Op-Ed: Labor Department stuck in 1930s with rule against independent contractors

Photo Credit: Getty

The Department of Labor is stuck in the 1930s. That’s the most likely explanation for its new rule that could lead to thousands of freelancers losing their livelihoods. The department is propping up a century-old model of what work should look like at a time when technology is rapidly changing how it could look.

The rule concerns independent contractors, which includes not just “gig economy” workers but freelancers and a variety of other professionals. The new rule states that unless some very specific circumstances are met, contractors should be deemed employees, with their work hours and benefits standardized. Supporters of the rule like Sen. Elizabeth Warren say this is a victory for workers.

Yet when a similar rule was imposed in California, devastation followed. Many freelancers lost their livelihoods, others left the state, and the legislature had to rewrite the law to exempt hundreds of professions. A report by the Mercatus Center at George Mason University found that self-employment in the state fell by 10 percent, and all employment by almost 5 percent. As a result, a popular vote overturned the law.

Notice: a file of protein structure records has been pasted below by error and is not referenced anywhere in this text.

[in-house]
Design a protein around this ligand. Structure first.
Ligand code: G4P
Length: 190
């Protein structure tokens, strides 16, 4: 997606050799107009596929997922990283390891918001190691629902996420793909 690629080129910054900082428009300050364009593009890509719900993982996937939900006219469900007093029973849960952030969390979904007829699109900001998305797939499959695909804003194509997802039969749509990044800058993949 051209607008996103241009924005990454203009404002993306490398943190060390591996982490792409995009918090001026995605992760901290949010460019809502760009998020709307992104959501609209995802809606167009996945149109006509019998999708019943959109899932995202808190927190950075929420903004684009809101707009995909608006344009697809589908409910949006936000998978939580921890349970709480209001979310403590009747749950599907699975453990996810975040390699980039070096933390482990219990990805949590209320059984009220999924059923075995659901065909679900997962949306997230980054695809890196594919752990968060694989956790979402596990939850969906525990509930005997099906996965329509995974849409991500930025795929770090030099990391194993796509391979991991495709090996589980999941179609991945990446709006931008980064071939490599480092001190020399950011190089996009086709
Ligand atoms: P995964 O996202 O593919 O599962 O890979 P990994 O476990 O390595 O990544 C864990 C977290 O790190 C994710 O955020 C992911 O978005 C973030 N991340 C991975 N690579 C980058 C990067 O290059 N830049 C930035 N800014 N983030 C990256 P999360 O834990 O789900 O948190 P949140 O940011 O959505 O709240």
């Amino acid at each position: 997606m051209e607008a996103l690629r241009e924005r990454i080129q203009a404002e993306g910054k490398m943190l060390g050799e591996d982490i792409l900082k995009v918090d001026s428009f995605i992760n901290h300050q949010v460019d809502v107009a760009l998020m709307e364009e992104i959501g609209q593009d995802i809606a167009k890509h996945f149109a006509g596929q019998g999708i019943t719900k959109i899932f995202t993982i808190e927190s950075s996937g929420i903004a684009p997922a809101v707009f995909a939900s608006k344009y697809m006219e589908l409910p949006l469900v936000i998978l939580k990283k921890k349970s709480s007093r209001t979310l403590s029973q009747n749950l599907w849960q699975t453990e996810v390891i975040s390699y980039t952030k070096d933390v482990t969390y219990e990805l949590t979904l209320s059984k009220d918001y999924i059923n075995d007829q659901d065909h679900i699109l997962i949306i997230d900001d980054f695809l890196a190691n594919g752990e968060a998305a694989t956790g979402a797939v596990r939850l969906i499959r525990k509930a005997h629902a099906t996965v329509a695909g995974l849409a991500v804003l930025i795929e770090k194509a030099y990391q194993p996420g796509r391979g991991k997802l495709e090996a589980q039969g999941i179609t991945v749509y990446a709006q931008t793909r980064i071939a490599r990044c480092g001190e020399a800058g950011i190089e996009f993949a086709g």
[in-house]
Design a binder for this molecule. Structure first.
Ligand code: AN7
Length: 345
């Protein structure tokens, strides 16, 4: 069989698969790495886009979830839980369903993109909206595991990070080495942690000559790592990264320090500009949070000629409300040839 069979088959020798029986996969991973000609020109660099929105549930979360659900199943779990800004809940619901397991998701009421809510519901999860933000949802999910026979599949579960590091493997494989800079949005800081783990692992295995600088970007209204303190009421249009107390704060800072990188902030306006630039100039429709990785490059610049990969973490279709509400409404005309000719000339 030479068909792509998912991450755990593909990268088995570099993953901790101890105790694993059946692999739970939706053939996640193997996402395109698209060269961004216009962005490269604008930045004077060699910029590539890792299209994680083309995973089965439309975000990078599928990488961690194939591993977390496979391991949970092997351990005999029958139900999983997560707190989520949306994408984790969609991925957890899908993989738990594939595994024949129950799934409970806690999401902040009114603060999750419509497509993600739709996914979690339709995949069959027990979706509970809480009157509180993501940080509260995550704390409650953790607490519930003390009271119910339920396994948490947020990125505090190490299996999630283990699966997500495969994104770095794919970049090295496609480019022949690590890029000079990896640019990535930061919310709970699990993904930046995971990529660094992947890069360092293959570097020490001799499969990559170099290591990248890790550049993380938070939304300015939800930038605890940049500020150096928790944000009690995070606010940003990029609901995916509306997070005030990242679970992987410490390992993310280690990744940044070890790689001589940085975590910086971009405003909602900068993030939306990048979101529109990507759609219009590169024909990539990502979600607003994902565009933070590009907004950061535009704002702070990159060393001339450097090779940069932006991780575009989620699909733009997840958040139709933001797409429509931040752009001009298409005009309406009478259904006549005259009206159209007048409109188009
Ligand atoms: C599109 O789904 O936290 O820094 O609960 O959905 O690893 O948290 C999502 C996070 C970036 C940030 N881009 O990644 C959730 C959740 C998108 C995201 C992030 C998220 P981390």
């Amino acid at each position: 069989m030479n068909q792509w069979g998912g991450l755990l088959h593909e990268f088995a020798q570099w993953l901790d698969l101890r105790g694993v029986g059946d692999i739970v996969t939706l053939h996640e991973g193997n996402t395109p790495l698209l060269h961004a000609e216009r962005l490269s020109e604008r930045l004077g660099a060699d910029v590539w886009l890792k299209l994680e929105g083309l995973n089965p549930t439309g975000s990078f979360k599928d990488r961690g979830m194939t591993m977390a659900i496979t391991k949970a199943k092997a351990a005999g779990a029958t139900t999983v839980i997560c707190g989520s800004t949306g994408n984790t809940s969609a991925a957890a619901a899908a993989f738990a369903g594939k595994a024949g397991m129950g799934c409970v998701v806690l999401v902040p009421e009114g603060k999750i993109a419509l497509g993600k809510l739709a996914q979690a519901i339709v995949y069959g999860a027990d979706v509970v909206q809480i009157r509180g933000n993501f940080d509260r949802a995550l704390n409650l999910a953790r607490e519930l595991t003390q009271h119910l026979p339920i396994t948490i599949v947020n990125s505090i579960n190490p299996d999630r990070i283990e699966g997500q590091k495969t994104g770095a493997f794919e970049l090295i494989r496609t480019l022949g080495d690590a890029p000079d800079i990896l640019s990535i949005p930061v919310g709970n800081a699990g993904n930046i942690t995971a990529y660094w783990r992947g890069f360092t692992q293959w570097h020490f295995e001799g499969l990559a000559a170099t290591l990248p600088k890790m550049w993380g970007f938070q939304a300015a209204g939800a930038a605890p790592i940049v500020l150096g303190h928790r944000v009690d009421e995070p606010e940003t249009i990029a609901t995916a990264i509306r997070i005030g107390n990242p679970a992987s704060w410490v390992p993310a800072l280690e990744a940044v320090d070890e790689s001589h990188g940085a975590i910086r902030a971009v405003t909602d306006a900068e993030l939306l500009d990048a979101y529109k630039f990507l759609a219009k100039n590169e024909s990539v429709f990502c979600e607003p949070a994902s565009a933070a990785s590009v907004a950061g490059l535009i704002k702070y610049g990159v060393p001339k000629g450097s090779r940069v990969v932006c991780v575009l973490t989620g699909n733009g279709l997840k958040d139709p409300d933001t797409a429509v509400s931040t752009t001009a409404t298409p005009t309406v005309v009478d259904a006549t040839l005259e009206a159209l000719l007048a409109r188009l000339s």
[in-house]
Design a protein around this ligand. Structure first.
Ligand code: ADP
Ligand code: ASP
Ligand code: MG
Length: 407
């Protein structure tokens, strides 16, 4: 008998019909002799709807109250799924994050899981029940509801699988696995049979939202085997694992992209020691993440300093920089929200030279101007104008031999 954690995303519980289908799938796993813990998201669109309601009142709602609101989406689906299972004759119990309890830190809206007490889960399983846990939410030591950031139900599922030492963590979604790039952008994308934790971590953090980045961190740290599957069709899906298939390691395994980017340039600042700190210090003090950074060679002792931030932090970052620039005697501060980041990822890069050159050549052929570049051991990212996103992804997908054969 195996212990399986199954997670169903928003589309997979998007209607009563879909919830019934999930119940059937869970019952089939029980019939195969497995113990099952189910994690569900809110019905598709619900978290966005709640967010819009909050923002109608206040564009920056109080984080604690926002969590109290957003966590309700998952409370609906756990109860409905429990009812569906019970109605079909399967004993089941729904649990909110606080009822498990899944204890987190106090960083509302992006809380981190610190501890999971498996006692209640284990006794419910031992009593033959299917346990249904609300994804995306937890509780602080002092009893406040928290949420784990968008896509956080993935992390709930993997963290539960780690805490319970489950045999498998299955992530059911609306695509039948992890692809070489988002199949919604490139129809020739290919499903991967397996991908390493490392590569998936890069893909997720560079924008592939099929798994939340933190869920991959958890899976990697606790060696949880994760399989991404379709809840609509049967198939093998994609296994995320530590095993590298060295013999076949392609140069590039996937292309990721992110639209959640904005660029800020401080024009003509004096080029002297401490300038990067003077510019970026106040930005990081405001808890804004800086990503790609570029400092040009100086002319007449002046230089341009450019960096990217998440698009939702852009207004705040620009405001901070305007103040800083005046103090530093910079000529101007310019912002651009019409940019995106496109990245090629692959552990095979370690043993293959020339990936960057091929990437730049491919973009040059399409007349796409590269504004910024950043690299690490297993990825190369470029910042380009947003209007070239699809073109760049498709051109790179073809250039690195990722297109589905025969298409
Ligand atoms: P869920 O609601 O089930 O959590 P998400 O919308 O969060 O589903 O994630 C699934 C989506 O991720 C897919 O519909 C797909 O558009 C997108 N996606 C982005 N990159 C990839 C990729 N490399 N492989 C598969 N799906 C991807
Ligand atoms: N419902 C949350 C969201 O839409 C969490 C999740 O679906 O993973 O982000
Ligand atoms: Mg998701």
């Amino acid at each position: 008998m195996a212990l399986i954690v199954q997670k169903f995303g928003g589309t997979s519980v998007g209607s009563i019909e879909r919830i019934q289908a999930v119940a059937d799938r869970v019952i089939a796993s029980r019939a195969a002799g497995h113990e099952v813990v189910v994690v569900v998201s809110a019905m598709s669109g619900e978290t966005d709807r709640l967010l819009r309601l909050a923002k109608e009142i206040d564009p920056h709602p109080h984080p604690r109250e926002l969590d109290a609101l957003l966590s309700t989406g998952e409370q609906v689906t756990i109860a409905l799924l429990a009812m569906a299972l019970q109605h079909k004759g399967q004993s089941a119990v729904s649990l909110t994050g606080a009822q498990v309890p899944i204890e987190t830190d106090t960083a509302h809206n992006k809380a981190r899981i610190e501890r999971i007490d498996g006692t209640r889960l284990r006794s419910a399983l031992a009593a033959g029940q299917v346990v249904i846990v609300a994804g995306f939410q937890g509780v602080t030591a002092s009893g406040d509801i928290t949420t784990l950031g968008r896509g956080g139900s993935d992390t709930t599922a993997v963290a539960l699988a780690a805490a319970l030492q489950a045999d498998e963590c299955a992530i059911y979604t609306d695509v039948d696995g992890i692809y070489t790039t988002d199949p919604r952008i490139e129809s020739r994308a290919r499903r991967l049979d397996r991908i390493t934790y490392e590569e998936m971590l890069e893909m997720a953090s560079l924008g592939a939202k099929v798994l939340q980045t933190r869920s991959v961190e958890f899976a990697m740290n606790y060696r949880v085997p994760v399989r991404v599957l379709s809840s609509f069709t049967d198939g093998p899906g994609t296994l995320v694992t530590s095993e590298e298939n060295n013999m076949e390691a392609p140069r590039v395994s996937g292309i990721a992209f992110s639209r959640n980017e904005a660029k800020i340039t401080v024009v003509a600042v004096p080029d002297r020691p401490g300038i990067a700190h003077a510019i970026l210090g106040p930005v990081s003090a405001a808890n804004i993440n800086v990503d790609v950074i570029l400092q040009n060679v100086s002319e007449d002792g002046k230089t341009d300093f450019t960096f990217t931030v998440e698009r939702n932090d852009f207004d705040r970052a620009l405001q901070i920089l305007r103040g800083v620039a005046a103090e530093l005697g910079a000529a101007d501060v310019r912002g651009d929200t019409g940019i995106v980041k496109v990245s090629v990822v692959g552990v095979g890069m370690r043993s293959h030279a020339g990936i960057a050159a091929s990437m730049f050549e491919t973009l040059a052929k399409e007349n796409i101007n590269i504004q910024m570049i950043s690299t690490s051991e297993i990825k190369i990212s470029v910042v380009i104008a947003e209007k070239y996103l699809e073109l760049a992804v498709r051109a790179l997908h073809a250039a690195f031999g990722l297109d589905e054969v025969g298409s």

With a national rule, however, few of those escape options are possible. Freelancers are unlikely to flee the country, and there is no such thing as a national ballot measure. The department has only just finalized the rule, so revisions are unlikely unless there is a change in control of the executive or legislature this November. Independent contractors face an extremely uncertain future.

The reason why the rule is likely to be such a problem is because it is based on a vision of what the workplace should look like from a century ago, when large corporations dominated.

Large corporations made sense when it was harder to be nimble as a business. Nobel Prize winner Ronald Coase explained the reason we have corporations at all is because of the presence of what are called transaction costs. If I have a business idea that requires the services of someone else, I face those costs. If the business idea requires someone with advanced mathematical calculation skills I don’t have, I can either contract with someone who has those skills to do the work every time I need it, or I can hire them as an employee instead and have them always available.

Read the full article on The Center Square.